16. Just pay the $15 to the car rental company to get the coverage. No fine print 100% walk away protection.

  17. I think most of the car rental companies in Asia-Pacific region leverage insurance for their customers. In fact the business competition between Amex and Visa actually benefits more for the customers. Car rental in Bahrain isn’t a different scenario.

  18. @HelenC – I’m trying to rent a car for a 72 hour period (4 calendar days) and the charge is $21.99 per calendar day – the total for the company’s CDW is more than the rental fee! So in this case it’s tempting to rely on the VISA coverage…

  19. I have Premium Car Rental Protection through Am Ex. Whenever I use my Am Ex Platinum Card the flat fee of $15 for the duration of the rental (up to four weeks) provides the primary insurance. I had to file a claim this summer when I backed into a guardrail. It covered everything.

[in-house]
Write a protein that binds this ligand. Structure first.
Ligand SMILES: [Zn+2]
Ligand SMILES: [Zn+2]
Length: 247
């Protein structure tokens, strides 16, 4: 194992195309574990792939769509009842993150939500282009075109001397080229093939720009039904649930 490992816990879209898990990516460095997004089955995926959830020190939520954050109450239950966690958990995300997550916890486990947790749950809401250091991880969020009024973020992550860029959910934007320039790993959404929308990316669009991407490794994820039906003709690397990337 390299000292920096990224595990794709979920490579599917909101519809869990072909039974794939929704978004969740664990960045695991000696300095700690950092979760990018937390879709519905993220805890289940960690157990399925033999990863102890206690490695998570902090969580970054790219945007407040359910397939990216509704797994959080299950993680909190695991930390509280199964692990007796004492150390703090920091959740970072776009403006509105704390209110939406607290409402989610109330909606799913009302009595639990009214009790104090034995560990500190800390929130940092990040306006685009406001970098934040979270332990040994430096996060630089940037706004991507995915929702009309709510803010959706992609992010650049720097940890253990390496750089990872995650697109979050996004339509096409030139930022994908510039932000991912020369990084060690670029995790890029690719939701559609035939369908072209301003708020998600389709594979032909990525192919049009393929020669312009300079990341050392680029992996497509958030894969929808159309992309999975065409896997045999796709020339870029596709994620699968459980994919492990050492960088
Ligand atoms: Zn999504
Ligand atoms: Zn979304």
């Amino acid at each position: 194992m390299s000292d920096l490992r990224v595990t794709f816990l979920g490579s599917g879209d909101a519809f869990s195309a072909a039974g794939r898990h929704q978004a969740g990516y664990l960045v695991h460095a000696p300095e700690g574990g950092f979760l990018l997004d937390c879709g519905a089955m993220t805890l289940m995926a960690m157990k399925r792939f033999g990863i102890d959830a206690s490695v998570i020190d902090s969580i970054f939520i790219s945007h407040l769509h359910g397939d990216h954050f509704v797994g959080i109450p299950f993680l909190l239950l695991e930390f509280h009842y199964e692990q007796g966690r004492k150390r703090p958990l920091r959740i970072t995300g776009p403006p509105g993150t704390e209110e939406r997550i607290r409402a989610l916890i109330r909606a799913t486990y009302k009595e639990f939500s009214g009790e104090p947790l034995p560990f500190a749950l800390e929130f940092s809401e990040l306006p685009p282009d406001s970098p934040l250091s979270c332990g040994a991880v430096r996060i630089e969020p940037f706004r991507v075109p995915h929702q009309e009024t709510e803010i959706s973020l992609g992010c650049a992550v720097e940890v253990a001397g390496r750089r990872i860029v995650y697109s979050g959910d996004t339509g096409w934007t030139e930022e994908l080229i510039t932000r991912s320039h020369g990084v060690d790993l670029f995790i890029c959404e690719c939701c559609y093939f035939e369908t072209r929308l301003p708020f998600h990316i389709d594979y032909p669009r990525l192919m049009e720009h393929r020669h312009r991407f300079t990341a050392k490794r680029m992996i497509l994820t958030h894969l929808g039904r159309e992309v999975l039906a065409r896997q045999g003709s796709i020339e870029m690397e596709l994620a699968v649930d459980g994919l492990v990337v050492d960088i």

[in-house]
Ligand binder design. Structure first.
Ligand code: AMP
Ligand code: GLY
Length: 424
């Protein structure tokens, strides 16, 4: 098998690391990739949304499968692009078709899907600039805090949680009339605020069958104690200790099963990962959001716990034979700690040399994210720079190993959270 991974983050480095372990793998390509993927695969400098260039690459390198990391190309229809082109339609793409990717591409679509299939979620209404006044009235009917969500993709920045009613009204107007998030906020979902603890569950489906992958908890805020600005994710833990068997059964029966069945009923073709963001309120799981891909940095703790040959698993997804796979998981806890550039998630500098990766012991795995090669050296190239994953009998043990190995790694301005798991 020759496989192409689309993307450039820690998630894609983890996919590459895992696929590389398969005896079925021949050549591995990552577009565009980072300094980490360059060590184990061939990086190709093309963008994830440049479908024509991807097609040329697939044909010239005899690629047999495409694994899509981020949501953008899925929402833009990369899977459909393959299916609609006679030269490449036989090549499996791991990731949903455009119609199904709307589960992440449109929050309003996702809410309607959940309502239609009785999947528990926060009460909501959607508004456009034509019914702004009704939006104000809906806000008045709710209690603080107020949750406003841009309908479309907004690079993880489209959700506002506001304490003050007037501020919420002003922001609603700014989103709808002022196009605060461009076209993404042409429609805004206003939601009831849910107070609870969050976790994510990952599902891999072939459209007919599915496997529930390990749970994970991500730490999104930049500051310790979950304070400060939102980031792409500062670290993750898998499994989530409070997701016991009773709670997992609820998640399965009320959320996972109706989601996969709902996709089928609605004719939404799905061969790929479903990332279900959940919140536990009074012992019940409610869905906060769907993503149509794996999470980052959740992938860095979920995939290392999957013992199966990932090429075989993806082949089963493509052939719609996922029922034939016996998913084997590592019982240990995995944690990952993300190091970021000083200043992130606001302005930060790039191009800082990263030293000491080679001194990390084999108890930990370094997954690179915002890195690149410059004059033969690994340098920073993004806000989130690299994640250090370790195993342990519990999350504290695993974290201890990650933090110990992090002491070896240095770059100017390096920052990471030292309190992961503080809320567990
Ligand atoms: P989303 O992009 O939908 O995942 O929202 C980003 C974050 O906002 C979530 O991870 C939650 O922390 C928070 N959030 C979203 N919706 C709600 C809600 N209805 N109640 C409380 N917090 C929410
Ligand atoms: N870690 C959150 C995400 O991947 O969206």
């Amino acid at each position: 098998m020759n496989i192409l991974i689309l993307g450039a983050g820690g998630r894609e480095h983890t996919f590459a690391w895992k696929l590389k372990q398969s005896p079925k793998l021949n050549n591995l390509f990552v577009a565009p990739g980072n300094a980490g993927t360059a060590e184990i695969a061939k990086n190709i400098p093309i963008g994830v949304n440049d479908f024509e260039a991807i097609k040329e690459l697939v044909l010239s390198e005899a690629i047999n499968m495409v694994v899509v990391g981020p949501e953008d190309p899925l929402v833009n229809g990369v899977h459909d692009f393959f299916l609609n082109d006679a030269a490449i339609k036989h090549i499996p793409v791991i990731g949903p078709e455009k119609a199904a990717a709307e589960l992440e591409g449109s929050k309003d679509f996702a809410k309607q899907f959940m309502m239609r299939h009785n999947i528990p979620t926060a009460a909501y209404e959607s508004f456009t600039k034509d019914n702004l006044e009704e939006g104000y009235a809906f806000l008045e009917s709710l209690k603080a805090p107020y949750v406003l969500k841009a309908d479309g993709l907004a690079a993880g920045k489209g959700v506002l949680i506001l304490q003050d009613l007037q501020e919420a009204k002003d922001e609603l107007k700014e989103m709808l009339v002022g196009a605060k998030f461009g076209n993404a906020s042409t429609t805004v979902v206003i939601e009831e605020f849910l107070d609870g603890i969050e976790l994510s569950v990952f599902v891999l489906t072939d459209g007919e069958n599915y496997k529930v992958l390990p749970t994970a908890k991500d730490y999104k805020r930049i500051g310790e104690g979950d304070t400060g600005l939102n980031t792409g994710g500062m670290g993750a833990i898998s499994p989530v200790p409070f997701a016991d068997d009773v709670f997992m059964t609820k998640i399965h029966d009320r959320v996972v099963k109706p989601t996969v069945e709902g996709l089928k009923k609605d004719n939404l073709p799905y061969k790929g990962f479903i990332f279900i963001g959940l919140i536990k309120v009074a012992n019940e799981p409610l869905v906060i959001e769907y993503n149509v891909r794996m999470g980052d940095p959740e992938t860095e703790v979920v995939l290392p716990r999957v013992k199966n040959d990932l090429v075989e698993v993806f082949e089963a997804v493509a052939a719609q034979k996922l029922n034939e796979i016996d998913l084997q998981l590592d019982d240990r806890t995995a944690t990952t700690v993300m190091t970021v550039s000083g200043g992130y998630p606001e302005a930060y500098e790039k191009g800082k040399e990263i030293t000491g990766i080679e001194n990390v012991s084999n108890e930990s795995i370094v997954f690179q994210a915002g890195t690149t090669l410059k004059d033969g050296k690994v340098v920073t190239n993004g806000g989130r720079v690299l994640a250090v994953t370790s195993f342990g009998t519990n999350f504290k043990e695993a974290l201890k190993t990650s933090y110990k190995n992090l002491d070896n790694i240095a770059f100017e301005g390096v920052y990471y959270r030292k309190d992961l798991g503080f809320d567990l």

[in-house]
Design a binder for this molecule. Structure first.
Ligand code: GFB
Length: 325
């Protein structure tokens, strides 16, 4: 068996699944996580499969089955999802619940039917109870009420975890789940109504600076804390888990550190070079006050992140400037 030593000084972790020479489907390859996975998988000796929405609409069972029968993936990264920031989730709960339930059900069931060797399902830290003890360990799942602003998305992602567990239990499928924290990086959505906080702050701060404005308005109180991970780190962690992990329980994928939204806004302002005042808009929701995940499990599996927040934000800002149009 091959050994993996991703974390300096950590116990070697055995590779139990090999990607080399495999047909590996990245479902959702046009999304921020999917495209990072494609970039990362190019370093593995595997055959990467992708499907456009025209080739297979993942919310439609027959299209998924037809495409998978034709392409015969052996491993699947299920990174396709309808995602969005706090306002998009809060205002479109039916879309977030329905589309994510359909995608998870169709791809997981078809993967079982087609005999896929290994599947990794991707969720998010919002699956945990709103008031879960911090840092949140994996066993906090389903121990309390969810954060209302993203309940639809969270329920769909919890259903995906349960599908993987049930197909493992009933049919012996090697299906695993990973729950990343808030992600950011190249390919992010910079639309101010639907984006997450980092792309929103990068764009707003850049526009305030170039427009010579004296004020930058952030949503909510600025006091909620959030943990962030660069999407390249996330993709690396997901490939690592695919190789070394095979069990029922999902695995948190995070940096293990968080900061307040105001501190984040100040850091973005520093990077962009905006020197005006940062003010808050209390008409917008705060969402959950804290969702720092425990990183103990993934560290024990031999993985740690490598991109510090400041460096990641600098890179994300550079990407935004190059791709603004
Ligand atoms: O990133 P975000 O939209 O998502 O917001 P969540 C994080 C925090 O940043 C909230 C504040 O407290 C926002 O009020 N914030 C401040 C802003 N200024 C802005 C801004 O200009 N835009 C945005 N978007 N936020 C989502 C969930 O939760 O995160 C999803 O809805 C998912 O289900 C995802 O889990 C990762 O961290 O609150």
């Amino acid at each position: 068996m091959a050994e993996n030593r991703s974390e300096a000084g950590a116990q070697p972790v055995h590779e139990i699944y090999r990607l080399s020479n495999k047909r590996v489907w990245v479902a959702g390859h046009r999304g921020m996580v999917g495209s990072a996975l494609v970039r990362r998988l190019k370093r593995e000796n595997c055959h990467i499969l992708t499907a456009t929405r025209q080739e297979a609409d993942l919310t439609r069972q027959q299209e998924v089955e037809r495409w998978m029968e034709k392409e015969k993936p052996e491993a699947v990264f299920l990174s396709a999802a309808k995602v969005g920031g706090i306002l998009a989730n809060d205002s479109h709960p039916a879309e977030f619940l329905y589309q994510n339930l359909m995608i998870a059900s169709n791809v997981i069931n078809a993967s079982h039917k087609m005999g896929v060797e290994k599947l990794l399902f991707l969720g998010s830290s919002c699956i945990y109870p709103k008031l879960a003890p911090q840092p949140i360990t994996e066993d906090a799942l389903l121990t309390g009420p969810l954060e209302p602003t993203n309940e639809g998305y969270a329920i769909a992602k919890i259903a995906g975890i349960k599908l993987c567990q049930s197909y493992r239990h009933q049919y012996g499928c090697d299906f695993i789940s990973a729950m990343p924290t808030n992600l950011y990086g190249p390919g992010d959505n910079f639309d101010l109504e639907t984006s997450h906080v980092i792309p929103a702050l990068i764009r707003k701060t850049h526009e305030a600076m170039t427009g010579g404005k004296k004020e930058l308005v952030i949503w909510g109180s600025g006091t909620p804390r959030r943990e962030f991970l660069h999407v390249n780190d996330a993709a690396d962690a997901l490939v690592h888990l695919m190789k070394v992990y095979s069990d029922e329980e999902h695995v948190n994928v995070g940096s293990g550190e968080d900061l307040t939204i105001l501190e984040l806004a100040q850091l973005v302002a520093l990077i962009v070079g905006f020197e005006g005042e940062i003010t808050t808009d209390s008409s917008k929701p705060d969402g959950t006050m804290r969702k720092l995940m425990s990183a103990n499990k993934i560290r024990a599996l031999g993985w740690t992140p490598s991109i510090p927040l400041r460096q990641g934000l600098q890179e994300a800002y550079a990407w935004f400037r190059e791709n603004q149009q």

20. A number of years ago I slid into a guardrail in a snowstorm and the rental car’s bumper was dented (to the tune of $1400 in their inflated version of auto body repair). Had rented with a Visa, and at the time didn’t own a car or have other coverage. Visa paid the whole amount, no problem, and with very minimal hassle.

  21. If you use your Amex to cover vehicle they would have to refund you so anyways your paying out of pocket after damage you might as well put LDW from car rental and save the time!!! And the head ace

  22. I had to use AmEx premium rental insurance from an accident late last year. Primary expenses were medical bills. It’s a nightmare trying to get them cover any expense. They will only cover expenses once every other possible personal insurance has denied them in writing. Extremely frustrating to have to chase all of this down. I think their plan is to tire you out so you will give up